Patch Guard was developed by windows themselves. They made this to avoid advanced rootkits. Patch Guard Avoids Kernel Drivers Modifying system service tables, Modifying the interrupt descriptor table, Modifying the global descriptor table, Using kernel stacks not allocated by the kernel and Modifying or patching code contained within the kernel itself, or the HAL or NDIS kernel libraries. Doing any of this will BSOD your PC and return a CRITICAL_STRUCTURE_CORRUPTION. This feature was implemented on vista x64 and above ( 64 bit PCs only ). DSE basically does not allow you to load any drivers which doesnt have a Driver Cert. There are programs to get rid of this feature ( https://github.com/hfiref0x/DSEFix ). Note to self that x32 bit OS does not have this “feature”. There are ways to even bypass this by using existing signed drivers such as Capcom or even just signing your own drivers.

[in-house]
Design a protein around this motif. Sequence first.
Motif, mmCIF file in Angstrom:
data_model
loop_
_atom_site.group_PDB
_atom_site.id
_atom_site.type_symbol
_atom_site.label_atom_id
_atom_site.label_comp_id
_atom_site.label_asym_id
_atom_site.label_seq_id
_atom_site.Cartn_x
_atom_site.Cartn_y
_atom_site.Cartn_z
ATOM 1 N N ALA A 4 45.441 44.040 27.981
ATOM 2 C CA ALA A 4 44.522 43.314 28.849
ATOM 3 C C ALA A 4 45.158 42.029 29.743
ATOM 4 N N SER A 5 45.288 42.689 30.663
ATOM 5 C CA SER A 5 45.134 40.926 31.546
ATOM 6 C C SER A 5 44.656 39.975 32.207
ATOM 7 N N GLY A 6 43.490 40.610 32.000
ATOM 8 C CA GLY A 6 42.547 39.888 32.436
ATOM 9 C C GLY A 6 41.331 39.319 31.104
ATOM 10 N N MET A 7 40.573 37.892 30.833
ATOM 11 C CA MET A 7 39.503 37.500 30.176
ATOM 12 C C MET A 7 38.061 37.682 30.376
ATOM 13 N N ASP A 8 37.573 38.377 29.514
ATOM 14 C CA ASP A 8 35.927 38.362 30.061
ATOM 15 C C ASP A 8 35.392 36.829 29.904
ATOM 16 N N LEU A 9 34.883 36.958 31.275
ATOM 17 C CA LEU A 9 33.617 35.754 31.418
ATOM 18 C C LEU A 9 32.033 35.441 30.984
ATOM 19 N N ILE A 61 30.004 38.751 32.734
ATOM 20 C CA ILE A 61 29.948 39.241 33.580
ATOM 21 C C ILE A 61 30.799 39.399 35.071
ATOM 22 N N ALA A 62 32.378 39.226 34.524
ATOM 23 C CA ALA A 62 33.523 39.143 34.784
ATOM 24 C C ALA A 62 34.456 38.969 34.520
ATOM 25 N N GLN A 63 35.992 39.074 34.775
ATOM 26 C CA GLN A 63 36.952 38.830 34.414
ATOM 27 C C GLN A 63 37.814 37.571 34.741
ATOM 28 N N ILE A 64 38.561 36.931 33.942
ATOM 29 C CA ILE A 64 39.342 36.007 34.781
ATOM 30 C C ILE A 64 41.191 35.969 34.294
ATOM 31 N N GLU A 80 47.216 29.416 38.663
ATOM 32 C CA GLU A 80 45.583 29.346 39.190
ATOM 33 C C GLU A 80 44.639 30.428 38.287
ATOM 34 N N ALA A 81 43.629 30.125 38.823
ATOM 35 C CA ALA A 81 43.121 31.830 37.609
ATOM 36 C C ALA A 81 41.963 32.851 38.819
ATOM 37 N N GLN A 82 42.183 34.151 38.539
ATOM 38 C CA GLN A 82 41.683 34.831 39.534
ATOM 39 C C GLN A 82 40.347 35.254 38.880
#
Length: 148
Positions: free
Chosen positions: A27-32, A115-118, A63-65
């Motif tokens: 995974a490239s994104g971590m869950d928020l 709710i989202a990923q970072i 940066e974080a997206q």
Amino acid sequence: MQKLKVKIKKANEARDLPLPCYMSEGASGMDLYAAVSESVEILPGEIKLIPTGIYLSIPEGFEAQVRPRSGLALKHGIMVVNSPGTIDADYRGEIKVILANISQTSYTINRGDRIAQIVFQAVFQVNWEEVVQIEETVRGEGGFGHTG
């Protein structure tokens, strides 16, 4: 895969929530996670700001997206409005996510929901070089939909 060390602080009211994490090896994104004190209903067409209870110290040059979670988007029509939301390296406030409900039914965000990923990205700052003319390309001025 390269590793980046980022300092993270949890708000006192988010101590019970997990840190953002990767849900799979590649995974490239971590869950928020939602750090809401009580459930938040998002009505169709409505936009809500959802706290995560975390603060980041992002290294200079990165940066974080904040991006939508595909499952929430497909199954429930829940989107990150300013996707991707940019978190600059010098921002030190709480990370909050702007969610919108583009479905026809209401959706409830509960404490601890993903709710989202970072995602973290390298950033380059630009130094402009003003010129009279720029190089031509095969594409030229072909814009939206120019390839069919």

Coding A Driver

Well, everyone who is willing to put in effort and such are able to make a Driver. Its not as hard to make a simple Driver. Advanced Drivers do require alot of experience, but the only way to learn is to test and try. Failure will always catch up and in those times, dont give up. I almost gave up afew times when making my own Drivers, its not easy but if you are willing to put in the effort and such, anything is possible. The only reason why i am here is because of people such as daax, wlan and such helping me out. Other then that, lets start!

What You Need

  • MicroSoft Visual Studio
  • Windows Driver Kit
  • C++ Knowledge

Driver’s Main

Drivers also has a Main function like every other program, but its slightly different i would say. Driver’s Main Function is called “DriverEntry”, this function will be basically your entry point of your driver.

#include <>
#include <>
DRIVER_INITIALIZE DriverEntry;
NTSTATUS DriverEntry(_In_ PDRIVER_OBJECT DriverObject, _In_ PUNICODE_STRING RegistryPath)
{
      return STATUS_SUCCESS;
}

Identifying The Driver:

Drivers also need a SymbolName and a Name. This can easily done by afew lines of code. By using IoCreateDevice and IoCreateSymbolicLink.

UNICODE_STRING DriverName, SymbolName;
PDEVICE_OBJECT pDeviceObj;